$\displaystyle \begin{array}{rcl} \int_{V\times V} \nu_G (x) \nu_G (x')\,d(f(x),f(x') \leq 2\int_{V}\nu_G (x) d(f(x),c(f_* \nu_G))^2 . \end{array}$

Definition 7 Let ${Y}$ be a ${CAT(0)}$ space. Let ${p\in Y}$. Define a new metric ${\bar{d}}$ on ${Y}$ by

$\displaystyle \begin{array}{rcl} \bar{d}(y,y')^2 =d(p,y)^2 +d(p,y')^2 -2d(p,y)d(p,y')\cos(\theta_p (y,y')), \end{array}$

where ${\theta_p (y,y')}$ is the angle at ${p}$ between the geodesics ${[p,y]}$ and ${[p,y']}$. Then ${(Y,\bar{d})}$ is again ${CAT(0)}$. Its completion is the tangent cone ${T_p Y}$ of ${Y}$ at ${p}$.

The ${CAT(0)}$ inequality implies that radial distances are preserved and ${\bar{d}\leq d}$, i.e. the identity map ${(Y,d)\rightarrow (Y,\bar{d})}$ is distance non increasing. Therefore, to get a Poincaré inequality for ${Y}$-valued maps, it is sufficient to prove one for ${T_p Y}$-valued maps (up to a factor of ${2}$). This observation is due to Mu-Tao Wang.

Corollary 8 (Wang 1998) If all tangent cones ${T_p Y}$ embed isometrically in Hilbert spaces, then Poincaré inequality holds with constant ${\frac{2}{1-\lambda(G)}}$.

Example 3 Lattices in higher rank semisimple Lie groups have property (T), so they have a spectral gap. Nevertheless, they act isometrically on a ${CAT(0)}$ space, their symmetric space, without fixed point.

It is the factor ${2}$ that makes the Poincaré inequality too weak to imply fixed point property. This loss has been studied in detail by Kondo, Nayatani, Ozeki. They could

3.2. Building-valued Poincaré inequalities

Theorem 9 (Lang, Schlichenmaier 2004) Buildings of linear groups over local fields have finite Assouad-Nagata dimension.

It follows (Assouad, Lee-Naor) that buildings ${(Y,d)}$ have snowflakes ${(Y,\sqrt{d})}$ which bilipschitz embed in Hilbert space. Now Hilbert space has a linear isometric embedding in ${L^4}$. So to prove a ${Y}$-valued Poincaré inequality, it suffices to prove a scalar ${\ell_4}$-Poincaré inequality, i.e.

$\displaystyle \begin{array}{rcl} \mathop{\mathbb E}_{\nu_G \times \nu_G}|f(x)-f(x')|^4 \leq C\,\mathop{\mathbb E}_{\mu_G}|f(x)-f(x')|^4 . \end{array}$

Proposition 10 (Matousek) If ${\ell_p}$-Poincaré inequality holds for a graph ${G}$, then ${\ell_q}$-Poincaré inequalities holds for ${G}$ up to a constant which depends only on ${p}$ and ${q}$.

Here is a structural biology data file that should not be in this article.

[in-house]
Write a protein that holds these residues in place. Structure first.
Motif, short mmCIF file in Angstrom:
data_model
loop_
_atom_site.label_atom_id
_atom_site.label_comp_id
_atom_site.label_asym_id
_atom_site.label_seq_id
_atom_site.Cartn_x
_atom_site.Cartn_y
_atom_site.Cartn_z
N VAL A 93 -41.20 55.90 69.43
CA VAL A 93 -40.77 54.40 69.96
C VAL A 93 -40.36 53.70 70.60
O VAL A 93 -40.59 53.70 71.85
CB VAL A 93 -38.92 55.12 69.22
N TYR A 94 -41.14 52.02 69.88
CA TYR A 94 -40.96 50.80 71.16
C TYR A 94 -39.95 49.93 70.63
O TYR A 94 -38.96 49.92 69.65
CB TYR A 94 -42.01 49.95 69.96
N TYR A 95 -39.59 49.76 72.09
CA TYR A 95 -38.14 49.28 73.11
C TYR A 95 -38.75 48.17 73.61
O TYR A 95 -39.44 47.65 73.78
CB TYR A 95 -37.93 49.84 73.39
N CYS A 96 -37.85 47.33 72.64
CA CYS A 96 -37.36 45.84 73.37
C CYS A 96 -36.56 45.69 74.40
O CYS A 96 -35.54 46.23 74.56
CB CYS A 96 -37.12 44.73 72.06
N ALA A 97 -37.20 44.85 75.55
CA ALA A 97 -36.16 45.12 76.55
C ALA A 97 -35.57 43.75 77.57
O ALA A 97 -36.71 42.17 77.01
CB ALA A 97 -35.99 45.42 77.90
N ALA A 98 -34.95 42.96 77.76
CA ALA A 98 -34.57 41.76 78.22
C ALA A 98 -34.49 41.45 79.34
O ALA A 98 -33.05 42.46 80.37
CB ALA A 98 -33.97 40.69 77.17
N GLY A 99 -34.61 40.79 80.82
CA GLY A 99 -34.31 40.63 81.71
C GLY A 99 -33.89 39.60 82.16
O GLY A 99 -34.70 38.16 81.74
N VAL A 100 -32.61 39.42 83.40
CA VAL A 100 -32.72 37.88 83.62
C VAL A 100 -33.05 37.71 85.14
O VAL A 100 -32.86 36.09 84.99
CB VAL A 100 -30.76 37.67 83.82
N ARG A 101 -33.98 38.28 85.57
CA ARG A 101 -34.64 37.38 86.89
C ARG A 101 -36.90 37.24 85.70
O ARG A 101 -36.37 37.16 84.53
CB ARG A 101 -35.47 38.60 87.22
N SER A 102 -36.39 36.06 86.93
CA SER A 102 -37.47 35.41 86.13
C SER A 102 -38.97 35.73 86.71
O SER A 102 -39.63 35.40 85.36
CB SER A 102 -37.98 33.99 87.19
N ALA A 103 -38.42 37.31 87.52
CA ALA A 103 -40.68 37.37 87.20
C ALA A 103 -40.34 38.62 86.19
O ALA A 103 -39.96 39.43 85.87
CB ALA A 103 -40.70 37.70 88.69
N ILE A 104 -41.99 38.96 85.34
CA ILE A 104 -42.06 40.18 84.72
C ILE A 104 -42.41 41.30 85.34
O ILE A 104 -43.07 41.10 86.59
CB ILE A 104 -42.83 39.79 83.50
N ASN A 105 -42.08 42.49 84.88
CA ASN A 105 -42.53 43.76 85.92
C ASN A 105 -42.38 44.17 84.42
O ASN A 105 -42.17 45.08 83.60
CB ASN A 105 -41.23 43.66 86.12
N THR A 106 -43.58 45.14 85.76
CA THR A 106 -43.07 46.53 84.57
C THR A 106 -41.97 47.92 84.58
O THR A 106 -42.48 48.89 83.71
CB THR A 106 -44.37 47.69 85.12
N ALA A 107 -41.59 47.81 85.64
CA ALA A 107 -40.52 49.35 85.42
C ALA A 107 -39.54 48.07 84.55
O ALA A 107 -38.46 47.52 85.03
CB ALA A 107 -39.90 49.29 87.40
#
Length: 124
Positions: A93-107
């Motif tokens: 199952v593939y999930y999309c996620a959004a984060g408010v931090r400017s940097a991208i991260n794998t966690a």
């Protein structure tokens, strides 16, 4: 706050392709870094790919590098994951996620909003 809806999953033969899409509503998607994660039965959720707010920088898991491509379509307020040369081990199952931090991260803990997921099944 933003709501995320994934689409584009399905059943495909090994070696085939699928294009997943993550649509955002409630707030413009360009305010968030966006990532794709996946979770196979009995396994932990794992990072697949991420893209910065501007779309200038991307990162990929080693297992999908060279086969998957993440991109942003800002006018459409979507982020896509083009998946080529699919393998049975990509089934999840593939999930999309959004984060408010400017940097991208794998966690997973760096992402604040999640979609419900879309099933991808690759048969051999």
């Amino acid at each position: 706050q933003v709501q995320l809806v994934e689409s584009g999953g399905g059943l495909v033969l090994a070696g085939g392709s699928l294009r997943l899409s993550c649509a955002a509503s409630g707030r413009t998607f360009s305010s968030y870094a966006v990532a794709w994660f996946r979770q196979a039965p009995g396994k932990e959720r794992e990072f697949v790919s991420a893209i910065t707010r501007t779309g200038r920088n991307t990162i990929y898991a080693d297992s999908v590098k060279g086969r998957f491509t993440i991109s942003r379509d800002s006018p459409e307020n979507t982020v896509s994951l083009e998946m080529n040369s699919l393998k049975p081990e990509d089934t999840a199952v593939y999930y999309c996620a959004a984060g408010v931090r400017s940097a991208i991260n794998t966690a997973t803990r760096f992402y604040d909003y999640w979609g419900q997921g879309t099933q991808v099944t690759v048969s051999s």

This allows to upgrade a spectral gap into a building-valued Poincaré inequality.

Corollary 11 (Naor, Silberman 2010) For every ${n}$, there exist a graph ${G}$ such that, with high probability, random groups modelled on ${G}$ have fixed point preperty on all buildings of rank ${\leq n}$.

3.3. Banach space-valued Poincaré inequalities

Lafforgue, using representation theory of ${PSl(3,\mathbb{Q}_p)}$, and later ??, using zig-zag products, have found graphs which satisfy Poincaré inequalities with values in uniformly convex Banach spaces, but they do not have large girth.

3.4. An application

Let ${M}$ be a smooth compact manifold, equipped with a smooth volume form ${\mu}$. Consider the space ${Y'}$ of all smooth Riemannian metrics on ${M}$ with volume form pointwise equal to ${\mu}$. The ${L_2}$-metric on ${Y'}$ is defined as follows. The tangent space to ${Y'}$ at ${g}$ is the space of fields of trace free quadratic forms. Set

$\displaystyle \begin{array}{rcl} G_g (h)=\int_{M}\mathrm{Trace}((g(x)^{-1}h(x))^2)\,d\mu(x). \end{array}$

View this as a Riemannian metric on the infinite dimensional manifold ${Y'}$, and consider the corresponding distance. Every smooth diffeomorphism of ${M}$ acts isometrically on ${Y'}$.

Here is an alternative definition. Throw away a set of measure zero to make ${M}$ contractible, so that the tangent bundle becomes trivial. Note that ${\mathrm{Trace}((g(x)^{-1}h(x))^2)}$ is the canonical metric on the symmetric space ${S}$ of ${Sl(n,{\mathbb R})}$. So ${Y'}$ embeds isometrically into the space of Borel maps ${M\rightarrow S}$ equipped with the ${L_2}$-metric. Let ${Y}$ be the completion of ${Y'}$ with respect to the ${L_2}$-metric. Then ${Y=L_2 (M,S)}$ is a ${CAT(0)}$ space (an infinite product of ${CAT(0)}$ space).

Corollary 12 Let ${\mathcal{C}}$ be the class of ${CAT(0)}$ spaces with Hilbertian tangent cones. Let ${\Gamma}$ be a group having property ${F\mathcal{C}}$. If ${\Gamma}$ acts smoothly on a compact manifold ${M}$, preserving a smooth volume form. Then ${\Gamma}$ fixes an ${L_2}$ Riemannian metric on ${M}$.

Theorem 13 (Zimmer) If ${M}$ is a smooth compact manifold, and ${g}$ an ${L_2}$ Riemannian metric on ${M}$. Then ${Isom(M,g)}$ embeds in a compact group.

It is easy to make groups which do not embed into any compact group: add to the relations of ${\Gamma}$ an infinite sequence of long random words. So the resulting group (which is a limit of hyperbolic groups but is not hyperbolic itself) cannot act non trivially on any smooth manifold.

Theorem 14 (Fisher, Silberman 2010) There exist torsion free finitely generated groups ${\Gamma}$ such that every homorphism ${\Gamma:Diff_{\mu}(M)}$ is trivial.